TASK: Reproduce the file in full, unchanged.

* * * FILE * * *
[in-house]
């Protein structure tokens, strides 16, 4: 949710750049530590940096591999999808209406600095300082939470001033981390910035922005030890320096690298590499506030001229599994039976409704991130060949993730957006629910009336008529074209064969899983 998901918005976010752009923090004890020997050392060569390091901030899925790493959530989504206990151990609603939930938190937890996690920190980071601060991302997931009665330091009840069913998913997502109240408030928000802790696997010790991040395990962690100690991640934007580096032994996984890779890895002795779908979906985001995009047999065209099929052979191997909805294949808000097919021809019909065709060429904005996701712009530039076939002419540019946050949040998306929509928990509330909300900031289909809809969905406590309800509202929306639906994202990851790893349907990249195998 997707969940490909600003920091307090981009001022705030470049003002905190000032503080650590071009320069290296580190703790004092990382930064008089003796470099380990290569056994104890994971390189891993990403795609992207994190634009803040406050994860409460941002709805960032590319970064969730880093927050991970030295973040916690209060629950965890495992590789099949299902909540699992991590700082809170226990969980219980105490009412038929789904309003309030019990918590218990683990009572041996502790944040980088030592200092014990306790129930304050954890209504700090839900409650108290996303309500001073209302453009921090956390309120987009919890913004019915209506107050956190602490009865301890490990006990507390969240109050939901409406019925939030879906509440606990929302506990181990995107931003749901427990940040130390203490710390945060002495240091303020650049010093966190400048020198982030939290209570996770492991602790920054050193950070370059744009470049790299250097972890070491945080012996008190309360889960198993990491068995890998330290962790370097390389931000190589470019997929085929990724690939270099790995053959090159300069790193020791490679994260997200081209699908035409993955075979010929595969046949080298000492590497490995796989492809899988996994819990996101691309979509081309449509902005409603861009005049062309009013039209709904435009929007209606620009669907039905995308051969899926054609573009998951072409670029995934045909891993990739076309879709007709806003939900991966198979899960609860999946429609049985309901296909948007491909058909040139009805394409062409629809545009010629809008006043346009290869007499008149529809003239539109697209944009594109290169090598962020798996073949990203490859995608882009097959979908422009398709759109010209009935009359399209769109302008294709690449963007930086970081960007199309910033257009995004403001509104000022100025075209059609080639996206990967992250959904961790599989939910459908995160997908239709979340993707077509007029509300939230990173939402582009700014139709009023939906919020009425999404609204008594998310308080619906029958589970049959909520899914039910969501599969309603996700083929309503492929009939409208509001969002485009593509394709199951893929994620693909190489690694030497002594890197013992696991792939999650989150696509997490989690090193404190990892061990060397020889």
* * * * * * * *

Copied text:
[in-house]
């Protein structure tokens, strides 16, 4: 949710750049530590940096591999999808209406600095300082939470001033981390910035922005030890320096690298590499506030001229599994039976409704991130060949993730957006629910009336008529074209064969899983 998901918005976010752009923090004890020997050392060569390091901030899925790493959530989504206990151990609603939930938190937890996690920190980071601060991302997931009665330091009840069913998913997502109240408030928000802790696997010790991040395990962690100690991640934007580096032994996984890779890895002795779908979906985001995009047999065209099929052979191997909805294949808000097919021809019909065709060429904005996701712009530039076939002419540019946050949040998306929509928990509330909300900031289909809809969905406590309800509202929306639906994202990851790893349907990249195998 997707969940490909600003920091307090981009001022705030470049003002905190000032503080650590071009320069290296580190703790004092990382930064008089003796470099380990290569056994104890994971390189891993990403795609992207994190634009803040406050994860409460941002709805960032590319970064969730880093927050991970030295973040916690209060629950965890495992590789099949299902909540699992991590700082809170226990969980219980105490009412038929789904309003309030019990918590218990683990009572041996502790944040980088030592200092014990306790129930304050954890209504700090839900409650108290996303309500001073209302453009921090956390309120987009919890913004019915209506107050956190602490009865301890490990006990507390969240109050939901409406019925939030879906509440606990929302506990181990995107931003749901427990940040130390203490710390945060002495240091303020650049010093966190400048020198982030939290209570996770492991602790920054050193950070370059744009470049790299250097972890070491945080012996008190309360889960198993990491068995890998330290962790370097390389931000190589470019997929085929990724690939270099790995053959090159300069790193020791490679994260997200081209699908035409993955075979010929595969046949080298000492590497490995796989492809899988996994819990996101691309979509081309449509902005409603861009005049062309009013039209709904435009929007209606620009669907039905995308051969899926054609573009998951072409670029995934045909891993990739076309879709007709806003939900991966198979899960609860999946429609049985309901296909948007491909058909040139009805394409062409629809545009010629809008006043346009290869007499008149529809003239539109697209944009594109290169090598962020798996073949990203490859995608882009097959979908422009398709759109010209009935009359399209769109302008294709690449963007930086970081960007199309910033257009995004403001509104000022100025075209059609080639996206990967992250959904961790599989939910459908995160997908239709979340993707077509007029509300939230990173939402582009700014139709009023939906919020009425999404609204008594998310308080619906029958589970049959909520899914039910969501599969309603996700083929309503492929009939409208509001969002485009593509394709199951893929994620693909190489690694030497002594890197013992696991792939999650989150696509997490989690090193404190990892061990060397020889």